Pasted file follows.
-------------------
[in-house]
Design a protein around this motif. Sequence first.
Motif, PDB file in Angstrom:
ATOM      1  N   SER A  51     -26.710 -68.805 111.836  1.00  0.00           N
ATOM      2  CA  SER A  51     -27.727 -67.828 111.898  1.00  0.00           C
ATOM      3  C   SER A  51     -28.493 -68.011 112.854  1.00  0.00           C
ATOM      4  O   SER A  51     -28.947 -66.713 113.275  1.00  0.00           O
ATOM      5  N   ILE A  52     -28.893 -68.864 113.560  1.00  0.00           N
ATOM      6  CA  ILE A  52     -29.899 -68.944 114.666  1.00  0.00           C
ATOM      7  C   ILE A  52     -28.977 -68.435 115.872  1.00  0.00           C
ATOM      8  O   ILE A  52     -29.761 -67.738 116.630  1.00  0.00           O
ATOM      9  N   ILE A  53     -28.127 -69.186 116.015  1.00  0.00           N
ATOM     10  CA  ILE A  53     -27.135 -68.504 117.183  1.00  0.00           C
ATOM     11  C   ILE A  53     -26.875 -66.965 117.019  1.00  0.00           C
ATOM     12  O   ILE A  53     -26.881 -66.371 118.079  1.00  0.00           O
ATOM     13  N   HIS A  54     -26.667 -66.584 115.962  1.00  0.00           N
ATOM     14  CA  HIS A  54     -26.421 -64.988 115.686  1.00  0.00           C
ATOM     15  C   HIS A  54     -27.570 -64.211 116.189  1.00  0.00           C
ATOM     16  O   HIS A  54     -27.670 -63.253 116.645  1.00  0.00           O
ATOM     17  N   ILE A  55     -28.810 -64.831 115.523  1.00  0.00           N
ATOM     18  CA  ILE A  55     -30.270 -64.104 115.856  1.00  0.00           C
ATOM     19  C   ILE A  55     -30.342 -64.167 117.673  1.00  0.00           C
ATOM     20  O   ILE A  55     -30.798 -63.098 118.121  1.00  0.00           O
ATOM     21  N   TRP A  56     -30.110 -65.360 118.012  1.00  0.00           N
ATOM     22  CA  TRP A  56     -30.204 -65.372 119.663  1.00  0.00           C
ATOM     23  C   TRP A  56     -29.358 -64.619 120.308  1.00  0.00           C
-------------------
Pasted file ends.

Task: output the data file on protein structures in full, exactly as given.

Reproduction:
[in-house]
Design a protein around this motif. Sequence first.
Motif, PDB file in Angstrom:
ATOM      1  N   SER A  51     -26.710 -68.805 111.836  1.00  0.00           N
ATOM      2  CA  SER A  51     -27.727 -67.828 111.898  1.00  0.00           C
ATOM      3  C   SER A  51     -28.493 -68.011 112.854  1.00  0.00           C
ATOM      4  O   SER A  51     -28.947 -66.713 113.275  1.00  0.00           O
ATOM      5  N   ILE A  52     -28.893 -68.864 113.560  1.00  0.00           N
ATOM      6  CA  ILE A  52     -29.899 -68.944 114.666  1.00  0.00           C
ATOM      7  C   ILE A  52     -28.977 -68.435 115.872  1.00  0.00           C
ATOM      8  O   ILE A  52     -29.761 -67.738 116.630  1.00  0.00           O
ATOM      9  N   ILE A  53     -28.127 -69.186 116.015  1.00  0.00           N
ATOM     10  CA  ILE A  53     -27.135 -68.504 117.183  1.00  0.00           C
ATOM     11  C   ILE A  53     -26.875 -66.965 117.019  1.00  0.00           C
ATOM     12  O   ILE A  53     -26.881 -66.371 118.079  1.00  0.00           O
ATOM     13  N   HIS A  54     -26.667 -66.584 115.962  1.00  0.00           N
ATOM     14  CA  HIS A  54     -26.421 -64.988 115.686  1.00  0.00           C
ATOM     15  C   HIS A  54     -27.570 -64.211 116.189  1.00  0.00           C
ATOM     16  O   HIS A  54     -27.670 -63.253 116.645  1.00  0.00           O
ATOM     17  N   ILE A  55     -28.810 -64.831 115.523  1.00  0.00           N
ATOM     18  CA  ILE A  55     -30.270 -64.104 115.856  1.00  0.00           C
ATOM     19  C   ILE A  55     -30.342 -64.167 117.673  1.00  0.00           C
ATOM     20  O   ILE A  55     -30.798 -63.098 118.121  1.00  0.00           O
ATOM     21  N   TRP A  56     -30.110 -65.360 118.012  1.00  0.00           N
ATOM     22  CA  TRP A  56     -30.204 -65.372 119.663  1.00  0.00           C
ATOM     23  C   TRP A  56     -29.358 -64.619 120.308  1.00  0.00           C